I’m an international teacher from Canada who loves to travel, write, take photos, and create. I am currently based in Amman, Jordan.

This is how I see the world.



We were somewhere in South Dakota, heading west on the I-90, when I finally settled in. I leaned back into the passenger’s seat of Vaughan’s parents’ minivan, looking up and out the windshield at the enormous blue sky unfolding in front of us. Iowa’s corn fields had given way to the iconic grasslands of the west, shimmering every shade of green. In the rearview mirror, there lingered some ominous storm clouds that never seemed to get further away. 

You see, the moment I chose to settle in to the trip, my mind caught up with my physical body and my position in the world. I felt so away, so far away. I was in uncharted territory, having never previously been further west in the United States than Nashville, but everything was familiar and right to me. I felt whole, child-like. That afternoon in Wall, South Dakota, we went through the motions of setting up our camp with ease, both of us reverting back to a time that was separate from the other, but so similar in value. Our retro vacation sort of brought us back to our own childhoods, when we often went on outdoor trips with our respective families. I could feel my dad’s presence as I went through the motions of putting up our tent and preparing meals. I remember smirking a little when Vaughan was surprised at my adeptness. My dad’s smirk.

As soon as we finished up for the night and got inside our tent, the clouds finally caught up, delivering high winds and hail. Once it passed, I had one of the soundest, warmest sleeps in recent memory. Sen was curled up between us, at once realising what it meant to be cold and the value of stealing your human’s body heat.

It was also at this point that a shift in purpose occurred. Arriving in Wall was a checkpoint. Ahead of us lied natural wonder. We left behind the initial joys of our trip - kitsch, Americana, the purity of driving for driving’s sake. To start, we revelled in the Americanness of the corn palace, Wall Drug, hand painted billboards, corn fields, and the tallest diner signs. All of this is an essential part of the enjoyment of any Great American Road Trip, for sure. But it wasn’t all we were after. We wanted nature, the rugged landscapes. 

The next morning, when we pulled the van to the side of the road that traverses Badlands National Park, we knew that a new part of the trip had started. On one side of us was a sea of grass, and on the other, the geological wonders of the Badlands, catching the sunlight and trapping the shadows in all of the right places. Coyotes yipped in the distance and Sen’s ears pricked at their calls. We were out there.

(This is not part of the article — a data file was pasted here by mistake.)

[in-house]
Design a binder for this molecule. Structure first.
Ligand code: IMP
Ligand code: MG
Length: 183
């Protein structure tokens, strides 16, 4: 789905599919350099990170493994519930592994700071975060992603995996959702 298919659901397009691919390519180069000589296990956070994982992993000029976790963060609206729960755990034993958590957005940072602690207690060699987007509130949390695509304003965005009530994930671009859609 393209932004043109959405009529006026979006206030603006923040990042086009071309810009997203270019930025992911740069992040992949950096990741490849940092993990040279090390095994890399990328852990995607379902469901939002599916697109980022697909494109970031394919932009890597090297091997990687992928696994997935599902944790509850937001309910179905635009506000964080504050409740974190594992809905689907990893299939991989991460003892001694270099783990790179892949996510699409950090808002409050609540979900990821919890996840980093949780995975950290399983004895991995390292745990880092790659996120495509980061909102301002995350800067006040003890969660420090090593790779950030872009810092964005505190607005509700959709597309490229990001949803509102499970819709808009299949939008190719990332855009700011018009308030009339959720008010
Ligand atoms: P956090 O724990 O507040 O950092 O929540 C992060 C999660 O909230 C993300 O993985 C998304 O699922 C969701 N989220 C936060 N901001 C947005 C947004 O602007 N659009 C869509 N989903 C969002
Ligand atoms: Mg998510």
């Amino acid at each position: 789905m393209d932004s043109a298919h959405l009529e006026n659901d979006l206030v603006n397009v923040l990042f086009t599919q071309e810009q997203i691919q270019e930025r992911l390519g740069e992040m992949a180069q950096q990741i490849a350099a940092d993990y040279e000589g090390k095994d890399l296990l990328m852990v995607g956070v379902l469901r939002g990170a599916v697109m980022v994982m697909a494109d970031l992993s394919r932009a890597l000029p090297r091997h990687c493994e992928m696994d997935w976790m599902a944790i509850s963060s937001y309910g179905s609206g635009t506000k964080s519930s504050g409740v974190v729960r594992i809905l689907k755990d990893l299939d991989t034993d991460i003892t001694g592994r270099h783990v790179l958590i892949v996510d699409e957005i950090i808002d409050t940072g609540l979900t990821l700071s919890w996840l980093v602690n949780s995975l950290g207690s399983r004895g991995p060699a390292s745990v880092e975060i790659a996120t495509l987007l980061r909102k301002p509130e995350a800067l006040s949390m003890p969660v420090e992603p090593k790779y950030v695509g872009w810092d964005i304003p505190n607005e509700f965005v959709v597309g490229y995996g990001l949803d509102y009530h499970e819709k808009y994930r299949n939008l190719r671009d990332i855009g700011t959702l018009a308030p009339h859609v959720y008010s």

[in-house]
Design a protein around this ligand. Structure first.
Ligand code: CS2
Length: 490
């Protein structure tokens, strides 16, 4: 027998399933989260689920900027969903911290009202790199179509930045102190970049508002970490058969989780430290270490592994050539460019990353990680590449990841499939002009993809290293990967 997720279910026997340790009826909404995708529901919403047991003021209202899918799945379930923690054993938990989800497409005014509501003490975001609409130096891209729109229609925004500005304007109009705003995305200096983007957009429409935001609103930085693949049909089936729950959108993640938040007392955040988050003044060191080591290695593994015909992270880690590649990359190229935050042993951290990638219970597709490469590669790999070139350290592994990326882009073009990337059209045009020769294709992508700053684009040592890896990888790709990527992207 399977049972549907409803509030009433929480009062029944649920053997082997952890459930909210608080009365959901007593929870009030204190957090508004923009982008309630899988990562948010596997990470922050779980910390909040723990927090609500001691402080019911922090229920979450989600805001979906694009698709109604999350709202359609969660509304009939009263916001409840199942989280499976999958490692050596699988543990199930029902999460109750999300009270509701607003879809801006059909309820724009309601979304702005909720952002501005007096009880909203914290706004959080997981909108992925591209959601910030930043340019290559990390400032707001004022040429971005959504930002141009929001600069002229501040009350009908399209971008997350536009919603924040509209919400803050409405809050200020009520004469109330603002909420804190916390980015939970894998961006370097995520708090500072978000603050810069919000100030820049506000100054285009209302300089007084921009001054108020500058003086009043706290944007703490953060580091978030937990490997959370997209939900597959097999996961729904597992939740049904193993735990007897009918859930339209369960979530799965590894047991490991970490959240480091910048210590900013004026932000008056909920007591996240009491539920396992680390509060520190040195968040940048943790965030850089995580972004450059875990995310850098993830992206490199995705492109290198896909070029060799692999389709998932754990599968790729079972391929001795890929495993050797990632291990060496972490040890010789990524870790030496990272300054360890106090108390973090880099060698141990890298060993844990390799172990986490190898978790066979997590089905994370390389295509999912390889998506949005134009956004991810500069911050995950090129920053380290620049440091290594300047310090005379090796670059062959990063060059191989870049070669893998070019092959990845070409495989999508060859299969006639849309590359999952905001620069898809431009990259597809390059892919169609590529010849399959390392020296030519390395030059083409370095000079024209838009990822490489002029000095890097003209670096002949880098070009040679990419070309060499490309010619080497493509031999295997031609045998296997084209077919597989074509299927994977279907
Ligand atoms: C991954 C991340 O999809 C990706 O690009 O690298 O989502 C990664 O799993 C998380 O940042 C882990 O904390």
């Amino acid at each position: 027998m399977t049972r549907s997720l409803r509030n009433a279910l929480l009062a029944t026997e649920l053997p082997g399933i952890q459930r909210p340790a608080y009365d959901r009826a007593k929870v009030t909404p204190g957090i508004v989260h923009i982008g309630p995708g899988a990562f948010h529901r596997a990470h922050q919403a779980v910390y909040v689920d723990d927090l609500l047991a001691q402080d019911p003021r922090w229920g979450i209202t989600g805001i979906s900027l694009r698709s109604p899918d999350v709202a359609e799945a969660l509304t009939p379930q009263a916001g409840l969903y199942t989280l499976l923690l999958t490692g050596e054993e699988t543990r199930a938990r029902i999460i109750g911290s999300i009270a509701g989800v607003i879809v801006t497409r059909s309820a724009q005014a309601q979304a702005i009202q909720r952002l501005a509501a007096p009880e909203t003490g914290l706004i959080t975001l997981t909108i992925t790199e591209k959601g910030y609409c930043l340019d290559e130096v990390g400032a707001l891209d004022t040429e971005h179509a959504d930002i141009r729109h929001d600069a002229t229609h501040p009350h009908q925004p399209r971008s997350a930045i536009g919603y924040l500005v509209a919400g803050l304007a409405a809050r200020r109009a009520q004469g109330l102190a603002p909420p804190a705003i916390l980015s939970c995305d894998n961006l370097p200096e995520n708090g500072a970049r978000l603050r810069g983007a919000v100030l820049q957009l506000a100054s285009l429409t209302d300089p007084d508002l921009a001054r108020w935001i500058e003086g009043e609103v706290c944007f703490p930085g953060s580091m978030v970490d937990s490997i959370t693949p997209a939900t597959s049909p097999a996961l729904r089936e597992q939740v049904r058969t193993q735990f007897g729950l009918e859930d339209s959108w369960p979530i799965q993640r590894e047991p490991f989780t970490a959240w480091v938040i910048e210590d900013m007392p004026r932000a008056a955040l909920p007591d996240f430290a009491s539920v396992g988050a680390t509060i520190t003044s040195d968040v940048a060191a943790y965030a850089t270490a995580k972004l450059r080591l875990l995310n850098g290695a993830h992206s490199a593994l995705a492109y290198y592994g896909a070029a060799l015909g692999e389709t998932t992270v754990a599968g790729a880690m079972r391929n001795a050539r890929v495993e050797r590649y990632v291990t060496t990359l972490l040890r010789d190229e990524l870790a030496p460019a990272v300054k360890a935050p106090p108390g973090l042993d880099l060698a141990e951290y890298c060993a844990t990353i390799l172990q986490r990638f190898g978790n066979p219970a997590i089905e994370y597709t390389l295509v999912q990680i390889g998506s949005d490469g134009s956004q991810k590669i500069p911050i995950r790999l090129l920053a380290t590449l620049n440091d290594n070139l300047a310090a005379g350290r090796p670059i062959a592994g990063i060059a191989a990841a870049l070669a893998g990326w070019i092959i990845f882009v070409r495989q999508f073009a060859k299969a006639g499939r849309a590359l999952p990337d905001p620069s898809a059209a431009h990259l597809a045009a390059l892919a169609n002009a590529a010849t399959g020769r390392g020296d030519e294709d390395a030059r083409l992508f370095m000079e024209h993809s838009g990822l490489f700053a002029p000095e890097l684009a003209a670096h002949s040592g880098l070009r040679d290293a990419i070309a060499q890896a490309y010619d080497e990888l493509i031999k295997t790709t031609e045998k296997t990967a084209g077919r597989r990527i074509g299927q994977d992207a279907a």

From then on, we didn’t have to work to find beauty. We had entered into this incredible Western realm of vastness, truly Big Sky Country. Every state and national park we entered, I felt as if we were being swallowed up. My mind often moved outward from our location, imagining the many kilometres of trees, hills, and remoteness that we were surrounded by. It was both exhilarating and sometimes, unsettling. I have never been so aware of space.

The trip had its challenges. Though I love the outdoors, I became aware of my personal limits and got seriously spooked by an encounter with a large grizzly bear who crossed our path just outside of Yellowstone. The bear looked at us through the trees, its distinct grizzled hump glinting in the sun. The image is seared into my mind, as is common when one experiences deep fear. I realised that going forward, it will be difficult for me to hike on quiet trails, and I’d rather be comforted by the footsteps and voices of other parties when out in the wilderness.

Being out there shifted our priorities. It was toward the end of our time out west, sitting in a craft brewery in Whitefish, Montana, that I felt for the first time in five years a resistance to the idea of returning back to Saigon. Vaughan and I agreed that our life here in Vietnam, with the exception of a beautiful, supportive group of friends, and a wonderful school community, simply did not suit our need to be in nature. It was from there that we started thinking of our next spot.

For me, when I think of that next place, I think of cool, rushing water. My most memorable night of the trip was somewhere in Idaho. We finished setting up our campground and brought out chairs down to the edge of a rushing river. Sen chased shadows in the water and we sipped a beer. The sound of the rushing river isolated us from everything else in the world. I saw myself, as I often do these days, as my dad would. If he had been standing on the river bank, fishing or idly watching the forest, what would he think of us right there and then?

When I imagine it, I see his gentle smile widen across his broad face. A knowing smile which says, this is where you’re supposed to be.